GT :  Oh, 1874, so, essentially, what we’re saying here is between 1846 and 1874, at least in the LDS church, there was no temple to do this. But they would do some of these ordinances outside the temple, on a case by case basis, essentially.

Mel:   Correct, and then, of course, the Endowment House was built to be a bridge between that and when the temples came online. Orson Hyde was very jealous of that, so he had an endowment house built down in Sanpete County.

GT:   Oh, wow. I didn’t know that.

Mel:   Yeah, there were a number of them. And maybe the Endowment House was built earlier than what I think and I need to look at that…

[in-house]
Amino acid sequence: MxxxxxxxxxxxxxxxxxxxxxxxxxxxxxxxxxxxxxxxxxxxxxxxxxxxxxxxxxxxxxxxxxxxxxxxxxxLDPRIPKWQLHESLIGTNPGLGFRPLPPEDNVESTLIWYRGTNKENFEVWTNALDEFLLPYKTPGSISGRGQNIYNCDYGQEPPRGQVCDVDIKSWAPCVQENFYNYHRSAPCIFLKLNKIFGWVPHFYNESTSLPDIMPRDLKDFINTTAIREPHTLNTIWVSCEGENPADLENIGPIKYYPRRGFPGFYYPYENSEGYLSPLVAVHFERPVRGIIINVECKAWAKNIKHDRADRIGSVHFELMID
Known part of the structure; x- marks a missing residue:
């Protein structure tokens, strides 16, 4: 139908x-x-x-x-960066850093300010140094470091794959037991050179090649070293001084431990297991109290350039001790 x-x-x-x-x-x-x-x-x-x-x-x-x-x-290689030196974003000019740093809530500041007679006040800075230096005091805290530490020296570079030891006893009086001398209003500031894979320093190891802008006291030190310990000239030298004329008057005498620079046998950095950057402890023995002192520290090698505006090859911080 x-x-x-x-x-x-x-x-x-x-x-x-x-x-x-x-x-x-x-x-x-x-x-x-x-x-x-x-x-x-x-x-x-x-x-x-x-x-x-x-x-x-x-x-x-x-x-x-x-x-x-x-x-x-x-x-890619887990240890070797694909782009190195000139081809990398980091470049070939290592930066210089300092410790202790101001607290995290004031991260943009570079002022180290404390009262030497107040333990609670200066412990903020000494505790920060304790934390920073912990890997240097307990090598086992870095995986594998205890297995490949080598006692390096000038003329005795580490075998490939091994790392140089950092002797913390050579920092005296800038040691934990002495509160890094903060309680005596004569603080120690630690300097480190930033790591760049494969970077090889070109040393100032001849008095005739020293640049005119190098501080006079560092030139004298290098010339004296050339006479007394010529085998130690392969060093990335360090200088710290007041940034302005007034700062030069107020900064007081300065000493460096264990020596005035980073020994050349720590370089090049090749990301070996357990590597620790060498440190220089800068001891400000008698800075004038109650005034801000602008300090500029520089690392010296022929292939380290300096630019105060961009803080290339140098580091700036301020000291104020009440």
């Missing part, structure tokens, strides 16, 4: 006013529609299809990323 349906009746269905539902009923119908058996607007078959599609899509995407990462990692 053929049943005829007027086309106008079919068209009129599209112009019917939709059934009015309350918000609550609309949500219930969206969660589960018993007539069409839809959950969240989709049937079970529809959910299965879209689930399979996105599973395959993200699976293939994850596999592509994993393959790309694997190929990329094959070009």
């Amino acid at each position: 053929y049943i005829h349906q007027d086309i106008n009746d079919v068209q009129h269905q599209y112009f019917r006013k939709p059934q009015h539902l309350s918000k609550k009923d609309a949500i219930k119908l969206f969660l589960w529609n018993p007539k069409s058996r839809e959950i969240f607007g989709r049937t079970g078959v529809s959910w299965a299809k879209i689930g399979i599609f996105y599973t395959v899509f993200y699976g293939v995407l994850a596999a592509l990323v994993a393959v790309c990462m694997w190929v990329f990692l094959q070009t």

He also discusses a recent forgery on the Zodiac Temple.

Mel:   There is a forgery called Zodiac Temple records, Rituals and Rites by John Hawley. It’s 32 pages written of these supposed rites and rituals in the Zodiac Temple. One: John Hawley was not the clerk of the temple. His brother-in-law, John Young was. And secondly, Zodiac was like Kirtland and Nauvoo and early Utah, in that all of the ritual and rites ceremony was oral. It was not written down until 1874 for the opening of the St. George temple.

Does it have ties to Mark Hofmann? Check out our conversation….

Historian Mel Johnson tells more about the Zodiac Temple in Texas and the Wightites.

Don’t miss our other conversations with Mel!

276: Lyman Wight & Mormon Colonies in Texas (Johnson)

275: Intro to Hawley (Johnson)